CAMPANIA, Italy - A man survived a terrifying experience after falling into Mount Vesuvius while trying to retrieve his cell phone last weekend, according to multiple reports.
NBC News identified the survivor of the accident as 23-year-old Phillip Carroll. The outlet first reported that the Maryland resident and his two family members traveled to Vesuvius using a trail off limits to visitors.
Photo of tourist Phillip Carroll's injuries suffered after he fell into Mount Vesuvius. (Photo courtesy of Gennarro Lametta, a government tourism official with Assoturismo Campania)
Once the family made it to the top of the volcano, Carroll stopped to take a selfie when he dropped his phone into the volcano. Paolo Cappelli, the president of the Presidio Permanente Vesuvio, told NBC that Carroll tried to retrieve his device but lost his balance, falling into the crater and getting stuck.
Mount Vesuvius’ highest peak reaches 1,277 meters, and the crater's diameter is 450 meters with a depth of 300 meters, according to the Parco Nazionale Vesuvio parks website. That's more than 900 feet deep.
Tour guides from the Presidio Permanente Vesuvio witnessed Carroll fall into the volcano and rushed to help him. The crew used a long rope to rescue him from the crater.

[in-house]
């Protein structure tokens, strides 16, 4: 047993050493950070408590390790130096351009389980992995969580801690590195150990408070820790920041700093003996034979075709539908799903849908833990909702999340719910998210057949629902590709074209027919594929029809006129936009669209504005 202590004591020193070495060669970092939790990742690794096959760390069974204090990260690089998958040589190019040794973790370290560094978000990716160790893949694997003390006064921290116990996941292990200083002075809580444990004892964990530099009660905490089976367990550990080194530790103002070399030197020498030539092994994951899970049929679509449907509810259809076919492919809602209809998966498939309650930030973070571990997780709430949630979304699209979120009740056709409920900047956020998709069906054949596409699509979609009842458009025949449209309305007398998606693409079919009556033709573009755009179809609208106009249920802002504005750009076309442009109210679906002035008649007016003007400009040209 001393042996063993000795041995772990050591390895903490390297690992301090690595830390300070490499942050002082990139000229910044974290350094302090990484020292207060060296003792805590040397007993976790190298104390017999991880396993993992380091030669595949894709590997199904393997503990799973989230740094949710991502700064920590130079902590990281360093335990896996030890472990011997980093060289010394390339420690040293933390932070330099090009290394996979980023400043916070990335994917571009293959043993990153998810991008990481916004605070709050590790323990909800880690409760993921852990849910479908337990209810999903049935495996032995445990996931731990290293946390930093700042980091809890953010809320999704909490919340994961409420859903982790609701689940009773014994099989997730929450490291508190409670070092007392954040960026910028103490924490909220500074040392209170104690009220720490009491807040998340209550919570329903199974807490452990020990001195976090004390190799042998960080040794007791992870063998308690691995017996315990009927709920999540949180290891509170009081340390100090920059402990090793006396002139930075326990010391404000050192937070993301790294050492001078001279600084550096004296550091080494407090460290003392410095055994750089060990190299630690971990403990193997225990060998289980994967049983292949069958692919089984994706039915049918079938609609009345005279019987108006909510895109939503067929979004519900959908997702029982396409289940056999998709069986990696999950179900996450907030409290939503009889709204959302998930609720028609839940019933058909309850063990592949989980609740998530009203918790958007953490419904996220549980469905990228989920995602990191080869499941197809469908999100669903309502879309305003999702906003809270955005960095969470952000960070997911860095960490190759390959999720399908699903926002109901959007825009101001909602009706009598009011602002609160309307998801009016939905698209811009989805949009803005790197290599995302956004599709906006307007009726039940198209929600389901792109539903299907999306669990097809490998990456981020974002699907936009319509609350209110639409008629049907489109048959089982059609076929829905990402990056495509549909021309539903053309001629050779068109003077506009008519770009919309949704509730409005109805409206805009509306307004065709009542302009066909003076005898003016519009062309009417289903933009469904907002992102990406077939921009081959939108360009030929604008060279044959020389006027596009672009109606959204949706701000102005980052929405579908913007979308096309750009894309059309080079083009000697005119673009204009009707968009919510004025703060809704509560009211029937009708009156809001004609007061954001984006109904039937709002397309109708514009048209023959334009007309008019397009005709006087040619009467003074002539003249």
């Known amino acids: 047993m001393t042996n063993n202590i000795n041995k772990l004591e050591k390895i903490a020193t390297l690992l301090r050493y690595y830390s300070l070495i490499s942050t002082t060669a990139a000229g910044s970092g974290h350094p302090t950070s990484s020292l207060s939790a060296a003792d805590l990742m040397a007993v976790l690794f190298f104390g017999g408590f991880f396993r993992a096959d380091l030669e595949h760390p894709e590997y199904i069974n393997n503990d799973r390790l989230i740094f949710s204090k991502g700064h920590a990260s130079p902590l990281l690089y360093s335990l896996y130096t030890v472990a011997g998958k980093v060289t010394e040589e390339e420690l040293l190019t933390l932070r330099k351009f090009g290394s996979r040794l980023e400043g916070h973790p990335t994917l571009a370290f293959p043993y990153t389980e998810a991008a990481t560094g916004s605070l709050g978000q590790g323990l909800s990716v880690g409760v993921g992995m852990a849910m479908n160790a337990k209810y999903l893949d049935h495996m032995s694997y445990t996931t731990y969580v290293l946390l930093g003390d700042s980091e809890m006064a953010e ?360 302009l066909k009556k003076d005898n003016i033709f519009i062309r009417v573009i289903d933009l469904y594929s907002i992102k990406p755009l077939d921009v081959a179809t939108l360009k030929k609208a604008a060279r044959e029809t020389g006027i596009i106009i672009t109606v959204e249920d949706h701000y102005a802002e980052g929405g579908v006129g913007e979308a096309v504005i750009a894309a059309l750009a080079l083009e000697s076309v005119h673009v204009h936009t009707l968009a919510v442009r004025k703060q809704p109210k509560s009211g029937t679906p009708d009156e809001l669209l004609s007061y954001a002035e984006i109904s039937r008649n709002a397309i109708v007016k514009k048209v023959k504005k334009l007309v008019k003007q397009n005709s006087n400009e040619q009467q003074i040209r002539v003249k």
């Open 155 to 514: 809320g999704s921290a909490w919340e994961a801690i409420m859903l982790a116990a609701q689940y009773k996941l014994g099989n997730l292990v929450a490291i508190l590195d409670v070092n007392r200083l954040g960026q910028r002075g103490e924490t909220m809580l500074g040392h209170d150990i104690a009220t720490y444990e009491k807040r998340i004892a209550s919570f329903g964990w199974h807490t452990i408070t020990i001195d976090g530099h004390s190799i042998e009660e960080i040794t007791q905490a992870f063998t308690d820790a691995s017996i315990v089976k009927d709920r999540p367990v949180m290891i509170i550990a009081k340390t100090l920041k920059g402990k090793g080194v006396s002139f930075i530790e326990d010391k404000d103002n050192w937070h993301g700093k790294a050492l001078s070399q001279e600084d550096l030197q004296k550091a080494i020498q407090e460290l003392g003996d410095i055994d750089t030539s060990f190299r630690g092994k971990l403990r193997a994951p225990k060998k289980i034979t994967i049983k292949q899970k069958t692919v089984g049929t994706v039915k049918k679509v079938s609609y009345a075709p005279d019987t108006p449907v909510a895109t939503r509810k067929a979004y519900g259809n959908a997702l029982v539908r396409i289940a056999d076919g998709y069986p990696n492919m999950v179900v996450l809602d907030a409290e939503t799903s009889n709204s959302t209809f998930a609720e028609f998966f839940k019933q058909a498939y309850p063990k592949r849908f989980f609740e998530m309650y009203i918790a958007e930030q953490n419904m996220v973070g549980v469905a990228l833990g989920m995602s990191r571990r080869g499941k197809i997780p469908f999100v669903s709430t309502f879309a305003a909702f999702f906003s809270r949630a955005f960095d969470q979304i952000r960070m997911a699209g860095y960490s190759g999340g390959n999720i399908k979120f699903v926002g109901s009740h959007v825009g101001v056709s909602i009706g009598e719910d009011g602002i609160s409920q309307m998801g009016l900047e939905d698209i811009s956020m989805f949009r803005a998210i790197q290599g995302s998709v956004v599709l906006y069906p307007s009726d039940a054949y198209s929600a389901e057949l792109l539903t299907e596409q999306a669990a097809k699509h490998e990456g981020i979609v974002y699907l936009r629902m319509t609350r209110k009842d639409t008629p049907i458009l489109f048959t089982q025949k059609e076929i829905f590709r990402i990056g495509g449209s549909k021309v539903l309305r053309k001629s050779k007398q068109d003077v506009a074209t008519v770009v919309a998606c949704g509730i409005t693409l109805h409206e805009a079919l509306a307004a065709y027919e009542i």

Carroll suffered cuts and scratches to his back and arms, NBC reported. Gennarro Lametta, a government tourism official, shared a Facebook post on July 9 with a recap of the incident and photos of Carroll’s injuries in the fall.
"This morning a tourist for reasons still to be determined (maybe because he didn’t manage to buy the ticket? ), together with his family they ventured on a forbidden path, arrived on the edge of the crater and fell into the mouth of #Vesuvius," Lametta said in the post. "Only thanks to the intervention of the #volcanologicalguides that fell into the crater it was possible to recover the unconscious visitor that was reported, a thank you to these professional experts headed by the president."
Following his rescue, local police took Carroll into custody. USA Today reports that the man and his family members face charges after being reported by authorities for invasion of public land.
This story was reported from Washington, D.C.